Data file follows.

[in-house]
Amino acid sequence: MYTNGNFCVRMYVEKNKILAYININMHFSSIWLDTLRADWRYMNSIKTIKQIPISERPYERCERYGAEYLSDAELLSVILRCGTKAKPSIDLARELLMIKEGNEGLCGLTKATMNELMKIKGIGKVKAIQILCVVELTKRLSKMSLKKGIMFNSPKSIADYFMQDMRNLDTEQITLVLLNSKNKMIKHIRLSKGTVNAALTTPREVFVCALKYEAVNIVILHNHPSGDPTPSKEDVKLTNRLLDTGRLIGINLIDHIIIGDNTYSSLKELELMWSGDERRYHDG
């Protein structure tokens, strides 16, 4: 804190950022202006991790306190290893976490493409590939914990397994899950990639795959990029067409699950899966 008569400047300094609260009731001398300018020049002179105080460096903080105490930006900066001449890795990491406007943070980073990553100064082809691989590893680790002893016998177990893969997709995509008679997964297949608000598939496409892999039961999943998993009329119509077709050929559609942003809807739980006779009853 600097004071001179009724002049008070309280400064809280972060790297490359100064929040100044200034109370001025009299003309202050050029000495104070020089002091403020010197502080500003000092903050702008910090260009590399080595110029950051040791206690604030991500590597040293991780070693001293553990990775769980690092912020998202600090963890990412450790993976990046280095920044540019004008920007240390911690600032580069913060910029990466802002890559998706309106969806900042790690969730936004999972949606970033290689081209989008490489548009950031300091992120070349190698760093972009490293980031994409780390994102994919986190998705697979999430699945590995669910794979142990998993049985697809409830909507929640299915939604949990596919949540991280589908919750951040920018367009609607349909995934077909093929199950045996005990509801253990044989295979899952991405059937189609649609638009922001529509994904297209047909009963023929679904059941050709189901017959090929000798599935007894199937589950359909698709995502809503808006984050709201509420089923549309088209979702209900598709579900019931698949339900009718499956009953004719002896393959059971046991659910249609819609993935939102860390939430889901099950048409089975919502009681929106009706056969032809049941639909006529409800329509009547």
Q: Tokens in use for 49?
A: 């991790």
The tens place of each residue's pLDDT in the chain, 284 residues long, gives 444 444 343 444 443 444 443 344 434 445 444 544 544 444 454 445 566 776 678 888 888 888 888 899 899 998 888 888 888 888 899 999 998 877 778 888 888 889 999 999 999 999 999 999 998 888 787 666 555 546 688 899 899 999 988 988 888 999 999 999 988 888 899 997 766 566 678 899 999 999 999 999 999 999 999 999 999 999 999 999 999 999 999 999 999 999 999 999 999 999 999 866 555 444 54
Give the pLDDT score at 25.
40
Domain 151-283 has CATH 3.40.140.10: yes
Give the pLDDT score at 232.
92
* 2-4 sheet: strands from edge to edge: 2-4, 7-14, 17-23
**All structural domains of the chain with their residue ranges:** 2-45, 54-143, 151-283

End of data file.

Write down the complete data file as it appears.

[in-house]
Amino acid sequence: MYTNGNFCVRMYVEKNKILAYININMHFSSIWLDTLRADWRYMNSIKTIKQIPISERPYERCERYGAEYLSDAELLSVILRCGTKAKPSIDLARELLMIKEGNEGLCGLTKATMNELMKIKGIGKVKAIQILCVVELTKRLSKMSLKKGIMFNSPKSIADYFMQDMRNLDTEQITLVLLNSKNKMIKHIRLSKGTVNAALTTPREVFVCALKYEAVNIVILHNHPSGDPTPSKEDVKLTNRLLDTGRLIGINLIDHIIIGDNTYSSLKELELMWSGDERRYHDG
């Protein structure tokens, strides 16, 4: 804190950022202006991790306190290893976490493409590939914990397994899950990639795959990029067409699950899966 008569400047300094609260009731001398300018020049002179105080460096903080105490930006900066001449890795990491406007943070980073990553100064082809691989590893680790002893016998177990893969997709995509008679997964297949608000598939496409892999039961999943998993009329119509077709050929559609942003809807739980006779009853 600097004071001179009724002049008070309280400064809280972060790297490359100064929040100044200034109370001025009299003309202050050029000495104070020089002091403020010197502080500003000092903050702008910090260009590399080595110029950051040791206690604030991500590597040293991780070693001293553990990775769980690092912020998202600090963890990412450790993976990046280095920044540019004008920007240390911690600032580069913060910029990466802002890559998706309106969806900042790690969730936004999972949606970033290689081209989008490489548009950031300091992120070349190698760093972009490293980031994409780390994102994919986190998705697979999430699945590995669910794979142990998993049985697809409830909507929640299915939604949990596919949540991280589908919750951040920018367009609607349909995934077909093929199950045996005990509801253990044989295979899952991405059937189609649609638009922001529509994904297209047909009963023929679904059941050709189901017959090929000798599935007894199937589950359909698709995502809503808006984050709201509420089923549309088209979702209900598709579900019931698949339900009718499956009953004719002896393959059971046991659910249609819609993935939102860390939430889901099950048409089975919502009681929106009706056969032809049941639909006529409800329509009547």
Q: Tokens in use for 49?
A: 């991790």
The tens place of each residue's pLDDT in the chain, 284 residues long, gives 444 444 343 444 443 444 443 344 434 445 444 544 544 444 454 445 566 776 678 888 888 888 888 899 899 998 888 888 888 888 899 999 998 877 778 888 888 889 999 999 999 999 999 999 998 888 787 666 555 546 688 899 899 999 988 988 888 999 999 999 988 888 899 997 766 566 678 899 999 999 999 999 999 999 999 999 999 999 999 999 999 999 999 999 999 999 999 999 999 999 999 866 555 444 54
Give the pLDDT score at 25.
40
Domain 151-283 has CATH 3.40.140.10: yes
Give the pLDDT score at 232.
92
* 2-4 sheet: strands from edge to edge: 2-4, 7-14, 17-23
**All structural domains of the chain with their residue ranges:** 2-45, 54-143, 151-283